If any one saith, that by faith alone the impious is justified; in such wise as to mean, that nothing else is required to co-operate in order to the obtaining the grace of Justification, and that it is not in any way necessary, that he be prepared and disposed by the movement of his own will; let him be anathema. 
Canon no. 11, condemning the related heresy of justification sola gratia:
If any one saith, that men are justified, either by the sole imputation of the justice of Christ, or by the sole remission of sins, to the exclusion of the grace and the charity which is poured forth in their hearts by the Holy Ghost, and is inherent in them; or even that the grace, whereby we are justified, is only the favour of God; let him be anathema. 
Canon no. 24, condemning the heresy according to which good works are merely the fruits or consequences of justification obtained sola fide et sola gratia, with absolute exclusion of any cooperation on our part by means of our good works:
If any one saith, that the justice received is not preserved and also increased before God through good works; but that the said works are merely the fruits and signs of Justification obtained, but not a cause of the increase thereof; let him be anathema. 
The anonymous “one” whose heretical opinions are here condemned obviously includes Luther and all those who share and will share his opinions on these matters. Judging from the abstracts quoted above, doesn’t the Joint Declaration seem to be quite clear in its reasoning Lutherana mente?
On this appalling Declaration there is much more to say, but here I want only to make this last point: we cannot forget that this Joint Declaration is the final result of a “dialog” entertained with the Lutherans over the last decades, with the encouragement and approval of Pope John Paul II and cardinal Joseph Ratzinger, afterward Pope Benedict XVI. As far as I know, they have never found anything wrong with the joint declarations of the Joint Declaration! They have, on the other hand, repeatedly credited Martin Luther with a “profound religiosity” and a “Christ-centered spirituality” !
Notwithstanding, let’s pose a humble and simple question: Is Pope Francis’s public praise of Luther’s doctrine on justification, formally condemned as heretical by the Church, to be considered heretical, too?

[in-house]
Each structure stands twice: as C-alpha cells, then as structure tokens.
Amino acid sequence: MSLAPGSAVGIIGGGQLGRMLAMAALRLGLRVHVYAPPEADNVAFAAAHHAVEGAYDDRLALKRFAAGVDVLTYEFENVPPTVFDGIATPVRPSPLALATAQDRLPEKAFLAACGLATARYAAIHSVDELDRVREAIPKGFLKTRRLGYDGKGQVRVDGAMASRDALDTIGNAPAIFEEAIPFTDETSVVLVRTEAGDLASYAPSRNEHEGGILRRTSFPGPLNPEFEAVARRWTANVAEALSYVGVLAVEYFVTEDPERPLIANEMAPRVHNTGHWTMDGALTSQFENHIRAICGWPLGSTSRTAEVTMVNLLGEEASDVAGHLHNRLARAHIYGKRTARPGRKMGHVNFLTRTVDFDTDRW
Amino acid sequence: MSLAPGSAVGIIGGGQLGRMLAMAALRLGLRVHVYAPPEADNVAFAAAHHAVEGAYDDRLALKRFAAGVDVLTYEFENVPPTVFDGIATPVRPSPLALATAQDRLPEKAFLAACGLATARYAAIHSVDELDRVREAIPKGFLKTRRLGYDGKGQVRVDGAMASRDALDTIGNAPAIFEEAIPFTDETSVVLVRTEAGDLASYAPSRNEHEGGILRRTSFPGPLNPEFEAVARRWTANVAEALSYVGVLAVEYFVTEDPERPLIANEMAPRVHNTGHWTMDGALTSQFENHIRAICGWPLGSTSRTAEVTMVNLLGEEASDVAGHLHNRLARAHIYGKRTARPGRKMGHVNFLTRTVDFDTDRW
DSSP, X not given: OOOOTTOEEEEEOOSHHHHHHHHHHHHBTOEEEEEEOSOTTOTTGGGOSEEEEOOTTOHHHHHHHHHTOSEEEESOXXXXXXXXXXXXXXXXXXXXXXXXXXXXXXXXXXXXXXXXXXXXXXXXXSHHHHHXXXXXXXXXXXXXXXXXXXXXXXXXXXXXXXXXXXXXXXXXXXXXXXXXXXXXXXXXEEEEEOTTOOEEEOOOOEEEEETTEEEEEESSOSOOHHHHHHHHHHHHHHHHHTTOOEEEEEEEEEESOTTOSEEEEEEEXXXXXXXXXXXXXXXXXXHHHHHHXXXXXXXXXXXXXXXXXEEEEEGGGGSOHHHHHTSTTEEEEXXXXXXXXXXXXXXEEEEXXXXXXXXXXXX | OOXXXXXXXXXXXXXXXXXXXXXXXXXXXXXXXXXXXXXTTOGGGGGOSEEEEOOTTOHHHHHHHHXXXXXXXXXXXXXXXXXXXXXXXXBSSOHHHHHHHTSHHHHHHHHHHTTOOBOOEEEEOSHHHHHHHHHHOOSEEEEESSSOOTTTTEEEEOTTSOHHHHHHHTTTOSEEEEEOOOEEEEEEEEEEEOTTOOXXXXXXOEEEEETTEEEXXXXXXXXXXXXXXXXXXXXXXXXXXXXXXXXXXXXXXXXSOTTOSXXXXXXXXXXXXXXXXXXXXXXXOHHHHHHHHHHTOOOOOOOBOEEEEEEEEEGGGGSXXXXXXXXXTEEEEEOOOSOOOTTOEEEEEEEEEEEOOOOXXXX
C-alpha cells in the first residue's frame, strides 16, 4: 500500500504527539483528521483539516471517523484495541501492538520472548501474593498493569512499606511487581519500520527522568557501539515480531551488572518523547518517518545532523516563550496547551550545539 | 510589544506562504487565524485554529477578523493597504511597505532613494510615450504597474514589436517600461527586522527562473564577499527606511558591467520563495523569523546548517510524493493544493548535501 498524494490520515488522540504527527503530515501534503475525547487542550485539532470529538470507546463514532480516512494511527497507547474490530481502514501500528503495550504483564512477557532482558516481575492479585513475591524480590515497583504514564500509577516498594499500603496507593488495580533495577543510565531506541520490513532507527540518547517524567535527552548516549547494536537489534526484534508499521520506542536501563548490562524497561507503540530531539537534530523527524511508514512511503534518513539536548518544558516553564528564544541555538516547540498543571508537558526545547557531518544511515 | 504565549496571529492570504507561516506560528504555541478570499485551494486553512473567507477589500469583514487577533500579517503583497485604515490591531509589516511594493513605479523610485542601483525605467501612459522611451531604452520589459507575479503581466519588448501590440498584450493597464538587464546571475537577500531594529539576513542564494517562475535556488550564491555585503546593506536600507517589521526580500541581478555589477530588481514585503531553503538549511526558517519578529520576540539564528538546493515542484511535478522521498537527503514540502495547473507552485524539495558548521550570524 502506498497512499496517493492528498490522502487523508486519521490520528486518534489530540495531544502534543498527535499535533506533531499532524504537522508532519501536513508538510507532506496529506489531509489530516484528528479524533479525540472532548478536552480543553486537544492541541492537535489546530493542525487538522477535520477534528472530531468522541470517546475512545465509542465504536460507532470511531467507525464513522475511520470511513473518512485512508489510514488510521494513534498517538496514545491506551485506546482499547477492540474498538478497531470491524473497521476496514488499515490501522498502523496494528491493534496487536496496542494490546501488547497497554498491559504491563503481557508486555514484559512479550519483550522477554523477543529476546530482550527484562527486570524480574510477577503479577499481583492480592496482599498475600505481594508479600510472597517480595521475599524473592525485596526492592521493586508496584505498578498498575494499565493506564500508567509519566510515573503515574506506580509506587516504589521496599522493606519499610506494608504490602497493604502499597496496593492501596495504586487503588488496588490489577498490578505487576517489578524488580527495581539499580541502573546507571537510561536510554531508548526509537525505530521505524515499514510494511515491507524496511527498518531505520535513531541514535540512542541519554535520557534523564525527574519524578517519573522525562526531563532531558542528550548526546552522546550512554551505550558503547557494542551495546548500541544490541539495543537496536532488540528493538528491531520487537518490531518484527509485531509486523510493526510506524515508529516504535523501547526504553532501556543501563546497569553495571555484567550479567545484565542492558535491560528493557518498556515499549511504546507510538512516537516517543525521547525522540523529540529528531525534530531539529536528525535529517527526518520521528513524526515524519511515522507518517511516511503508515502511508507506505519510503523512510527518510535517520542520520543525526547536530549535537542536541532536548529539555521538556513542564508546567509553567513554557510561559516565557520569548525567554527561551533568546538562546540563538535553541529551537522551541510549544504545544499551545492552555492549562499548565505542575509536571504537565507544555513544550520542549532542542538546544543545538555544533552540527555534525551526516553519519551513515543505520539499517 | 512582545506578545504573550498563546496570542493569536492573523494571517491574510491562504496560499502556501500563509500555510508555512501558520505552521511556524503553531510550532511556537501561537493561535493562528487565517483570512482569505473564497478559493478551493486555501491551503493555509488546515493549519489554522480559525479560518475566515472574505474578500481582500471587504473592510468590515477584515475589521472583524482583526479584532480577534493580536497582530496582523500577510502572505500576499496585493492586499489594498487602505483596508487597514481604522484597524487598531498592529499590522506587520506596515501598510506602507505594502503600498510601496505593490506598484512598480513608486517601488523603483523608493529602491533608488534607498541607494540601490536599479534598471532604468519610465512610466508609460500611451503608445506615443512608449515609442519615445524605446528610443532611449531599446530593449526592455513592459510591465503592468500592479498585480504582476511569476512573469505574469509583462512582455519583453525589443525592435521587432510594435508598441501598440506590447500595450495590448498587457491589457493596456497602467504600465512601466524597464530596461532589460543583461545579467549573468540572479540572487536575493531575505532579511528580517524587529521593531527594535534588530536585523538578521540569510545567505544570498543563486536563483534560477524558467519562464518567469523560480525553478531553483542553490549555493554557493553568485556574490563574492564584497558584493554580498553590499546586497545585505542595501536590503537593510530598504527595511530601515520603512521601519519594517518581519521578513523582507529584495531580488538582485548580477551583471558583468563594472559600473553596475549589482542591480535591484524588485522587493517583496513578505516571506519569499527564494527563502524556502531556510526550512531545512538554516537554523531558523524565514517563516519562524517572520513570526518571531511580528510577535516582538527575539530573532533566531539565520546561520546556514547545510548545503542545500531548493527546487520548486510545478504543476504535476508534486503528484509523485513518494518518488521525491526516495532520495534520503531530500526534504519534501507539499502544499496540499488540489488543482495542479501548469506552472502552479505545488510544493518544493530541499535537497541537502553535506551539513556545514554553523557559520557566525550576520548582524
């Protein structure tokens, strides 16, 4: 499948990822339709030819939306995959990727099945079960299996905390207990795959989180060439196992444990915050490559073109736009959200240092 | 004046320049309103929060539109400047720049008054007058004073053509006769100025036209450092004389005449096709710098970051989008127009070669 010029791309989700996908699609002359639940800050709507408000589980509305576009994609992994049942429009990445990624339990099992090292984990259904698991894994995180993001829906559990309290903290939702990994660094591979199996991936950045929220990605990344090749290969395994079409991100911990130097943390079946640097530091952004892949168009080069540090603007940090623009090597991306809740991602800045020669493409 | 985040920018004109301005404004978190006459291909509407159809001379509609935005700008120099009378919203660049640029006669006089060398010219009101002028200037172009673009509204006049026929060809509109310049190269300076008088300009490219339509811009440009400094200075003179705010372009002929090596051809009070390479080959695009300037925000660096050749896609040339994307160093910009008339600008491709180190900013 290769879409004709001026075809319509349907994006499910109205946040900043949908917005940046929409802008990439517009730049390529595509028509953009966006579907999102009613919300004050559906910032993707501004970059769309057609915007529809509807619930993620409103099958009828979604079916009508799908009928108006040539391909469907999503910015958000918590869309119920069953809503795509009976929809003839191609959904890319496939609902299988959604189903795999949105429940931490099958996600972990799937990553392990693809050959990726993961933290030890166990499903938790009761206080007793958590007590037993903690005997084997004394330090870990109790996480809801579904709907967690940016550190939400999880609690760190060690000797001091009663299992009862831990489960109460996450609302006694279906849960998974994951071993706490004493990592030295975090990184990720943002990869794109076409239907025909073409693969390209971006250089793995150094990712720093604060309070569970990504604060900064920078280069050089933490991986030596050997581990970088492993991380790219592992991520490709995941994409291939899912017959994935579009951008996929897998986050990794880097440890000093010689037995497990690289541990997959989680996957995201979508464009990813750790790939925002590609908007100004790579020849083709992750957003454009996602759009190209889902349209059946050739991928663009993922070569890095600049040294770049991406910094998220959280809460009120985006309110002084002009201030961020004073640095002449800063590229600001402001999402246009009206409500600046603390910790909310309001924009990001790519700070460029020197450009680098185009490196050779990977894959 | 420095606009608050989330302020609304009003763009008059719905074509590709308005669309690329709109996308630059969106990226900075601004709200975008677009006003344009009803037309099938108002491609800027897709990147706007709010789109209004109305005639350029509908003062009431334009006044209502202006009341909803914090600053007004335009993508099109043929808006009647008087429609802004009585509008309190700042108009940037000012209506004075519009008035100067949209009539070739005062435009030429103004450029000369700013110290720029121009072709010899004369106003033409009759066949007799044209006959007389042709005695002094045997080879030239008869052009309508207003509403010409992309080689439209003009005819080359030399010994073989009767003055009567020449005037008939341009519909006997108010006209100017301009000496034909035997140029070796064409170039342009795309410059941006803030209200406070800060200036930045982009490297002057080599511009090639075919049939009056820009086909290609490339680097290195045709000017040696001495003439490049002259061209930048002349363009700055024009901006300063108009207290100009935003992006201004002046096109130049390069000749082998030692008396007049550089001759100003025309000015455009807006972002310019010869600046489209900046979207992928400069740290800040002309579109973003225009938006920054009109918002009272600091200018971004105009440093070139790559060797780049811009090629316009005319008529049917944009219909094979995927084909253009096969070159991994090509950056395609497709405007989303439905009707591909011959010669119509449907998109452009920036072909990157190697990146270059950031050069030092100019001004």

In fact, declaring to the whole world that Luther “was not mistaken” in his doctrine on justification sola fide et sola gratia, Pope Francis forces us to draw the only possible conclusion in accordance with elementary logic: Luther’s doctrine must be right, given the fact that in itself it is not wrong. But if the Lutheran doctrine is right, then heresy is falsely changed into right doctrine, and we must conclude that Pope Francis is subscribing to what the Church has condemned as heresy for 500 years on end.
But no pope whatsoever can approve of a heresy. By divine command (Lk. 22:32), the sovereign pontiff has the duty to maintain and defend the depositum fidei; he simply cannot modify or alter it, nor is he allowed to pretend it does not exist. Therefore, he simply cannot profess or share errores in fide or haereses, not even as a “private theologian.” If such a disgraceful event happens, the clergy and the faithful are morally obliged to ask him to recant publicly and to reaffirm the right and perennial doctrine of the Church – as it happened in the fourteenth century with reigning pope John XXII.
Against the prevailing belief, the aging John XXII suddenly began to preach in his sermons that the souls of the beati had to wait until the day of the Final Judgment to be admitted to the visio beatifica. After long, passionate, and even violent public discussions, initially promoted by the pope himself, he recanted his opinion in front of three cardinals shortly before his death. His successor, Pope Benedict XII, with the Apostolic Constitution Benedictus Deus, on 29 January 1336 defined the doctrine of the immediate vision as the sole and unique doctrine to be believed by all Christians .
John XXII recanted his personal unwise opinion on a matter that had not yet been formally defined as an article of faith by the supreme authority of the Church. He had proposed but not imposed a new doctrine that was in the end rejected as erroneous by the great majority of the Catholics. The famous and solitary example of John XXII – of a papal recantation – serves us as a true precedent, and especially in this sense: that a pope must recant his wrong interpretations of doctrine, even if propagated by him as a mere “private theologian.”
But John XXII never praised heresies already and formally condemned by the Church, as Pope Francis has done. It seems that his unwise and unacceptable praise of Luther’s heresy has no real precedent in the history of the Church.
In fact, thanks to his impromptu remarks, Pope Francis has heavily damaged the authority of the whole Magisterium of the Church in the eyes of world public opinion. If Luther was not in the wrong, who was? Someone must surely have been in the wrong during that great and tragic chaos known as the Lutheran schism. To declare that the heresiarch was not in the wrong implies that all those who condemned him as a formal heretic were – i.e., the three popes that excommunicated him as well as the dogmatic Council of Trent. To say Luther “was not wrong,” then, simply means to contradict five hundred years of Church Magisterium, sapping the authority of this same Magisterium, guilty (we now understand) of condemning for five centuries the righteous, very religious, Christ-centered person Luther was supposed to be.
At this point, someone might perhaps ask the following question: Is it legitimate to say that he who openly shares a known heresy proves to be a heretic himself?